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DVD review: Vampire Academy: A nauseating, adolescent approach to vampires

Vampire Academy


The unwavering love affair that movie lovers have with Vampires is at an all-time high. In recent years, with the success of The Twilight saga, there has been a completely new generation that has now fallen under the spell of those who want to “suck your blood.” Twilight has made the once menacing character fun, friendly, and lovable. Now more than ever before, droves of teenagers are flocking to the characters and all the twilight-esque movies that are sprouting up as the “Twilight” effect on the movie industry has reached epidemic status.
Vampire Academy is a melodramatic, nauseating disaster that is the latest unfortunate, pubescent-focused perspective on the vampire mythos. This debauchery is just a teenager’s wet dream that is given life on the silver screen. This catastrophe is just a regurgitated tale of friendship and maturation that lacks universal appeal. The film hit the theaters in February of 2014 and is based on the best-selling books by Richelle Mead that was first published in 2007. The film stars Zoey Deutch (Beautiful Creatures), Lucy Fry (Paper Tiger), Danila Kozlovsky (The Spy), Gabriel Byrne (The Usual Suspects), Dominic Sherwood (Not Fade Away), and Olga Kurlenko (Oblivion).
This is clearly a teenage MOCKERY of Vampires. Vampire Academy is a the oft told coming of age story. The singular thing that this depravity is using to differentiate itself from the other considerable number of coming of age stories is that it uses the “Twilight” approach to vampires to tell its story. It revolves around a young vampire princess who attends a school that is used to develop and culminate the Vampire species as well as the humans who have sworn to protect them. This tale divides the vampires species into 3 levels of Vampires; Strigoi, Dragonmire, and Moroi each one has aspects of the classic vampire elements.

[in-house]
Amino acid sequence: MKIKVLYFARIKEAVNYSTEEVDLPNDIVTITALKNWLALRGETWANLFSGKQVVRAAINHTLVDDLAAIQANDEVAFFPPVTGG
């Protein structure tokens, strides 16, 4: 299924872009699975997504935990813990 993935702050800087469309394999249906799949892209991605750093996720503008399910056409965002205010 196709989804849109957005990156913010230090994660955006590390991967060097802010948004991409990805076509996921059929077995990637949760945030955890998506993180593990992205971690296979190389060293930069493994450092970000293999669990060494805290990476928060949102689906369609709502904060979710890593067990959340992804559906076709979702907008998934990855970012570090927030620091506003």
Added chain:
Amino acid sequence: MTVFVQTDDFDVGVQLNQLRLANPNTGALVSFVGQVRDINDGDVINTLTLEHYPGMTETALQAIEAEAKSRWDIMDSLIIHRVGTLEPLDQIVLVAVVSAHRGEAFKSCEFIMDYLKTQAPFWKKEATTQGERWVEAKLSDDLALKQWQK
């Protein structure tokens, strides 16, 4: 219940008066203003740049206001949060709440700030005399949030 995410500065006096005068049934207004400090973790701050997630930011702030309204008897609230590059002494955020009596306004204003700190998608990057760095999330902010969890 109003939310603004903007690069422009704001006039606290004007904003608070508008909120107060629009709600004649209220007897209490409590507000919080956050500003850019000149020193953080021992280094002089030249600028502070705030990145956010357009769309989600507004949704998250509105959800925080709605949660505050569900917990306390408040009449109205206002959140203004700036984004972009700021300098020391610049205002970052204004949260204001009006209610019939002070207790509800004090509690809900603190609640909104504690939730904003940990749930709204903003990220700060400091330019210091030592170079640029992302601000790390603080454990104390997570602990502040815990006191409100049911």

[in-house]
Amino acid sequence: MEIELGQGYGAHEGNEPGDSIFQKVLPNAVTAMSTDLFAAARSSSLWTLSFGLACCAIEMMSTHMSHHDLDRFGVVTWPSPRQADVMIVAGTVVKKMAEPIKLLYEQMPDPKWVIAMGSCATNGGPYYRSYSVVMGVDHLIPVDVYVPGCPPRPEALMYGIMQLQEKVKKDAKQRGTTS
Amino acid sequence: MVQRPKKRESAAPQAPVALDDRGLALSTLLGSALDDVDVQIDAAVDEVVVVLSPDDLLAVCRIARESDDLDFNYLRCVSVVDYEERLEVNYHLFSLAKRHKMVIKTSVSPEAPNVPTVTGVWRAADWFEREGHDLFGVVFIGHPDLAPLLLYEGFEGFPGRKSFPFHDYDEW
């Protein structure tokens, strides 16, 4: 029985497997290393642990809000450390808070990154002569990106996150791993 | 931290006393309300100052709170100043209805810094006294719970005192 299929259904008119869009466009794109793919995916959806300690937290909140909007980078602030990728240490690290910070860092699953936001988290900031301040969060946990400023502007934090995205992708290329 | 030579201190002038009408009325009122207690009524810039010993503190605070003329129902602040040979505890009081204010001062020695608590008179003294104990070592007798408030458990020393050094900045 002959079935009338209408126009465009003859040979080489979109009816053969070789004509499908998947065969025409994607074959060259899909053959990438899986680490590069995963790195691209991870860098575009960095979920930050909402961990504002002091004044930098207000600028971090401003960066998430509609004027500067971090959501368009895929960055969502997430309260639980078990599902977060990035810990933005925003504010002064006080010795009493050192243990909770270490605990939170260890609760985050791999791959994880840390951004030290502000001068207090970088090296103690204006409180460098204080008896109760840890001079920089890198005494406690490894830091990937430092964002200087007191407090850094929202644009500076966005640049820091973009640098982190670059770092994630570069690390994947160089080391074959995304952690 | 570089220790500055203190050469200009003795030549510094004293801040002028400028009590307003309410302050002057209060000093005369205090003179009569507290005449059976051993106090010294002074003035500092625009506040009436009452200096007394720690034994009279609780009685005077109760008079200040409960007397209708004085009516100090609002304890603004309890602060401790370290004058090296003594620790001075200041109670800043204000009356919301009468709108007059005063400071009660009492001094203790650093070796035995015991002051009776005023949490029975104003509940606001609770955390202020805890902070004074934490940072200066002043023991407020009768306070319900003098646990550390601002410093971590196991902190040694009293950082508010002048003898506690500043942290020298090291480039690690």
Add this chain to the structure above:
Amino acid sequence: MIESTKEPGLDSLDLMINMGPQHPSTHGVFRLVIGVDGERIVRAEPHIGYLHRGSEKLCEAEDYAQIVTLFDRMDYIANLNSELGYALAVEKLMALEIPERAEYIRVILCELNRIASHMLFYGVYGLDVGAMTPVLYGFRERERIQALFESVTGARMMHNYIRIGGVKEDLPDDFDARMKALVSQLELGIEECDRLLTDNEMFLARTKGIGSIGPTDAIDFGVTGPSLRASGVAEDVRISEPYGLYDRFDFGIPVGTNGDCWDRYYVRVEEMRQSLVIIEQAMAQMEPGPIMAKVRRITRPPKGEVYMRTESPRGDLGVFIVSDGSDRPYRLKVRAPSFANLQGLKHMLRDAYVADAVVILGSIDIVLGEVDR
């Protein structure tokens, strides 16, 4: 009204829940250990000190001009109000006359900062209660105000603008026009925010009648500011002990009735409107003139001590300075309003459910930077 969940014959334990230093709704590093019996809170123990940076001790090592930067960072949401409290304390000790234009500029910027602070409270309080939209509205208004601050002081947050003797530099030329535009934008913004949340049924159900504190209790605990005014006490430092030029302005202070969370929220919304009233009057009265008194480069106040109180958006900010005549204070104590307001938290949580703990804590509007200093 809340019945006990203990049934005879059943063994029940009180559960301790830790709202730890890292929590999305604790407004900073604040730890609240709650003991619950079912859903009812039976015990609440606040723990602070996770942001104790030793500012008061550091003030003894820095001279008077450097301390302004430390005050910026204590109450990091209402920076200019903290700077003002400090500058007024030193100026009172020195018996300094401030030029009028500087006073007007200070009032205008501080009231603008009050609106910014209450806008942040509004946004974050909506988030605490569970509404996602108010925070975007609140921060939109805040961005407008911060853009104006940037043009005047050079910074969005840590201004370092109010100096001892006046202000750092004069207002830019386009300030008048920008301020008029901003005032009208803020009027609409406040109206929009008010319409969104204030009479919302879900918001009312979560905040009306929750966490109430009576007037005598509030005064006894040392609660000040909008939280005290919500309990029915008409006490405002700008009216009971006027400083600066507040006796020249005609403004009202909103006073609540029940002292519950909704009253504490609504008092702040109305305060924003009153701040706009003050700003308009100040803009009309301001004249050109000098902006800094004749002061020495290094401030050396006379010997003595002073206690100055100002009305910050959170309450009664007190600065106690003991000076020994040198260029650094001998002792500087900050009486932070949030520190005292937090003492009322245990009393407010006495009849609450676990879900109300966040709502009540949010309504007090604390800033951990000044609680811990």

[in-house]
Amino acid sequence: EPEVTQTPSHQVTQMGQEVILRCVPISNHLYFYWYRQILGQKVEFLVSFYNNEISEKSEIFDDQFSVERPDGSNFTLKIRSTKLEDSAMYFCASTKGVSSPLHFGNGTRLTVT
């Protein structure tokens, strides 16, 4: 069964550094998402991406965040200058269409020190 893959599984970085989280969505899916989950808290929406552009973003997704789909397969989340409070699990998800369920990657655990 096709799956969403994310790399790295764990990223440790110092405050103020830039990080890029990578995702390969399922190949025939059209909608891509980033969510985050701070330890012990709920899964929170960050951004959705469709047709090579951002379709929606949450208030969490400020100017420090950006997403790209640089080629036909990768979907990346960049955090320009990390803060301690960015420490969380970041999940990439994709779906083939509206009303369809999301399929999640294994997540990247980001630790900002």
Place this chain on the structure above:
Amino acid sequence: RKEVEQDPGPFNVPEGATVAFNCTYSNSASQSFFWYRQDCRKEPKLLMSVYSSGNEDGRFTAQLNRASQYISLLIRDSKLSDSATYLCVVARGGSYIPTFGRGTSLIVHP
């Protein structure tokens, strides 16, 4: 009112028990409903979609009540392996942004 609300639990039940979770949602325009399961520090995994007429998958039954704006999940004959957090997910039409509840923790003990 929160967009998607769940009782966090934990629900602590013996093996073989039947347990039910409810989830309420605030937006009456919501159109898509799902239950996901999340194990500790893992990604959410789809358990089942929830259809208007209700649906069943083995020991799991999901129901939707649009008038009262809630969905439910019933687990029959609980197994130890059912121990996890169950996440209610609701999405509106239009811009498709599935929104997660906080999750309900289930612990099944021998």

Vampire Academy is a film that is made for a specific audience. It’s just another adolescent focused depravity that is attempts to make capitalize on the unfortunate “Twilight-esque” take on vampires. In its stripped down basic version; it’s just another sick coming of age story. The movie has good themes in place that they use this skewered tale of the undead to address very relevant social issues such as Bullying, gossiping, and many of the usual worse to first elements of your coming of age tale.
Vampire Academy feels like Bratz with fangs. There is very little to be positive about within this debauchery. If you like Twilight and what it has done for this character then this is a movie you’ll find enjoyment in and if you don’t then you will feel as though every minute is like you’re being tortured. I can certainly see why they made it into a movie but who knows how or why this novel ever became popular. Vampire Academy will be very difficult for anyone beyond its target audience to find any level of enjoyment beyond it. It has some very brief humorous moments but they aren’t anywhere close to be enough to offset this depravity. The cast is comprised of young mostly unknown actors and actresses. It feels like 90210 meets Twilight, its nice and pretty as well as being extremely superficial, just what will attract young movie goers. The verdict is that this is not worthy of being bought on DVD and barely worthy of renting it from Redbox. If you want to endure some torture with your teenagers then by all means check it out on Netflix or maybe catch it on cable but DON’T spend any more than you have to!